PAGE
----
How to Select Industrial Robots

Jan. 25, 2016
The challenge in choosing a robot for your operation is often not in knowing whether or not you need a robot, but choosing which applications are well suited for a robot to provide the best return.

According to the International Federation of Robotics, robot sales have increased more than 45 percent in the last five years. More and more companies, across all industries, are looking to robotic solutions to increase manufacturing capacity, reduce costs, and improve worker safety. Today’s industrial robots are smarter, faster, adaptable, and collaborative. With advanced vision and sensing capabilities, robots can perform complex tasks that were not even possible a few years ago. All of these new technologies make this an exciting time to be considering an investment in an industrial robot.

As you evaluate which process in your manufacturing environment you want to target for a robotic application, be specific about the problem you want to solve and consider all of the cost reductions a robot can provide: minimizing waste, creating efficiencies, increasing production volume, improving safety or reducing labor costs. These cost reductions can serve as the basis for your return on investment criteria and will often be important factors in determining if a robot is right for your designated application.

Consider the following four steps as you evaluate your manufacturing floor for robotic potential:

Adaptive: Historically, robots performed repeatable tasks and were fenced off. Today, robots can work safely around humans in a collaborative work environment. Robots equipped with spatial awareness keep workers safe and provide an open, flexible work cell.

Intelligent: 3D vision systems can dramatically increase the capabilities of a robot. By combining such sensing abilities with the dexterity of a robot, complex tasks related to part handling can be performed. Following is a short list of part handling applications that are enhanced by vision robotics:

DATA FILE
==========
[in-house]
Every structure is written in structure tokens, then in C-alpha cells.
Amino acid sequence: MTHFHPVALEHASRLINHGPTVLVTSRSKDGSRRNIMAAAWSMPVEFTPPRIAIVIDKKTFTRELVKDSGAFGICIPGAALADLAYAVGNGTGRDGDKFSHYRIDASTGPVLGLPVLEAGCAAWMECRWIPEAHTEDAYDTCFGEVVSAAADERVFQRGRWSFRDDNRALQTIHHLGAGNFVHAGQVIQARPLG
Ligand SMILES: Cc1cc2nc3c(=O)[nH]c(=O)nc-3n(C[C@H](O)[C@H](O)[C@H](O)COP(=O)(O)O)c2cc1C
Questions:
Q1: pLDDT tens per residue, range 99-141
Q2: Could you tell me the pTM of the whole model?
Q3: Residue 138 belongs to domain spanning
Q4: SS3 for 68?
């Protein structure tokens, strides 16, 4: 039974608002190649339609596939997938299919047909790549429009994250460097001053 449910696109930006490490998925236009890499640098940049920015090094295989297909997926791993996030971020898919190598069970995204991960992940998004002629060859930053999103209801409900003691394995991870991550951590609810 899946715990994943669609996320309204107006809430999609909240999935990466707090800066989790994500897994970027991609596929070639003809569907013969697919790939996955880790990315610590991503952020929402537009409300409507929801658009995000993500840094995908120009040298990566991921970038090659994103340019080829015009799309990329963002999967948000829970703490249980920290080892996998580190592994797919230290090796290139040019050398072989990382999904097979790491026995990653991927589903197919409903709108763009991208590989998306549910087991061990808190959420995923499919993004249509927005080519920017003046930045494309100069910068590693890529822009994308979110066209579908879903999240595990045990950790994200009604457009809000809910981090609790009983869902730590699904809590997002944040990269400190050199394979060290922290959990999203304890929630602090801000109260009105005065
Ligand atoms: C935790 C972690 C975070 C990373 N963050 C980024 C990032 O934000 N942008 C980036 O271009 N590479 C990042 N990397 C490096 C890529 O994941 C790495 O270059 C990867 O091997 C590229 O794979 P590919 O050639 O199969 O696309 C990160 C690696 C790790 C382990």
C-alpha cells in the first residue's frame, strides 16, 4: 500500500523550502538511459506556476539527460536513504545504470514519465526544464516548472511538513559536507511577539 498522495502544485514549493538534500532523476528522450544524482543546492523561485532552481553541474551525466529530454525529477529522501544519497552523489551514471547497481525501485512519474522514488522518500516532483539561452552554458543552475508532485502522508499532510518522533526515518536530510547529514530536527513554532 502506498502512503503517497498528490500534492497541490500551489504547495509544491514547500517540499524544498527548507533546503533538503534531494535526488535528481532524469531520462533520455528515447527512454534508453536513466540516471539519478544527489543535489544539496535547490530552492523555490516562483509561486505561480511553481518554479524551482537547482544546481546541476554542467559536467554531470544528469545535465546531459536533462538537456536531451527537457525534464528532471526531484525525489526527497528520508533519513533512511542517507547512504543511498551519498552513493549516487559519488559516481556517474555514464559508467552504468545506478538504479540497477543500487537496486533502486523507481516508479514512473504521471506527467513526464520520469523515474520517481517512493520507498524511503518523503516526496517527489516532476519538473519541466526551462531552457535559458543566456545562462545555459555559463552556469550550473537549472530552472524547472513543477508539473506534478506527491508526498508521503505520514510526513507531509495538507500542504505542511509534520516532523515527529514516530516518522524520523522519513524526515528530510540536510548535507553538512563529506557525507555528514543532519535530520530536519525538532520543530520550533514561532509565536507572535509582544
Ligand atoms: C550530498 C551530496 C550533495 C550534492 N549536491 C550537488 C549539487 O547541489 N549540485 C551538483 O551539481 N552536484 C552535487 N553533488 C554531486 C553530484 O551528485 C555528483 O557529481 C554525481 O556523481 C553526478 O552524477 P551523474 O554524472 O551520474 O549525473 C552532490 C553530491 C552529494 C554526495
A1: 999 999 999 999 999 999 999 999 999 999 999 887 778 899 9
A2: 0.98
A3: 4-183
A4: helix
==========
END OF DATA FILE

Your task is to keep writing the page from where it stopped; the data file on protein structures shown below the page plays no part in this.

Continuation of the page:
• Part/package inspection: A robotic platform enabled with vision capabilities can look for features that are present or absent, as well as gauge the size of features on a given package. Quality control can be automated by having a robot pick a randomly placed part, present it to the vision system, and determine a pass or fail.
  • Part identification: With a mixed-feed application, the robot can identify, track, and sort the items based on preset criteria.
  • Part location/orientation: Parts can be identified, picked, and handled for drilling, grinding, and painting applications using 2D or 3D vision systems. These capabilities enable automated bin picking.

In addition to vision, robotic work cells can also incorporate tactile feedback, force control, and infrared sensing.

Dangerous: Identify hazardous environments that pose risks to workers as areas for robotics use. For example, robots can tolerate heat and chemical environments much better than humans. A properly designed work cell will minimize exposure to dangers and increase worker safety.

Everywhere: Finally, consider all areas of your manufacturing floor as targets for robotic automation. Some areas may still be too complex and unrealistic, but with vision and end-effector technologies, a lot is possible.

Once you have selected the application and defined a budget, it is time to select an industrial robot and design the work cell. At this time, it is often beneficial to work with a systems integrator who can leverage product knowledge and past project experience. Integrators will help select the robot and often design and provide the end-effector necessary to perform the task. A robotic integrator can provide 3D simulations and time studies, often incorporating SolidWorks models, to demonstrate how the robot will travel and function in the work cell. This allows adjustments to be made early in the process, ensuring robots are sized correctly for payload, speed and reach. This will save both time and money.

Now is a great time to be considering an investment in robotic automation. Combining industrial robots with new vision and safety technologies are enabling advanced functionality and creating attractive returns on investment. To stay abreast of trends in the robotics industry and to find a system integrator with robotics expertise, visit the Robotic Industries Association website.

Michael Gurney is CEO of Concept Systems Inc., a certified member of the Control System Integrators Association. See Concept Systems’ profile on the Industrial Automation Exchange.

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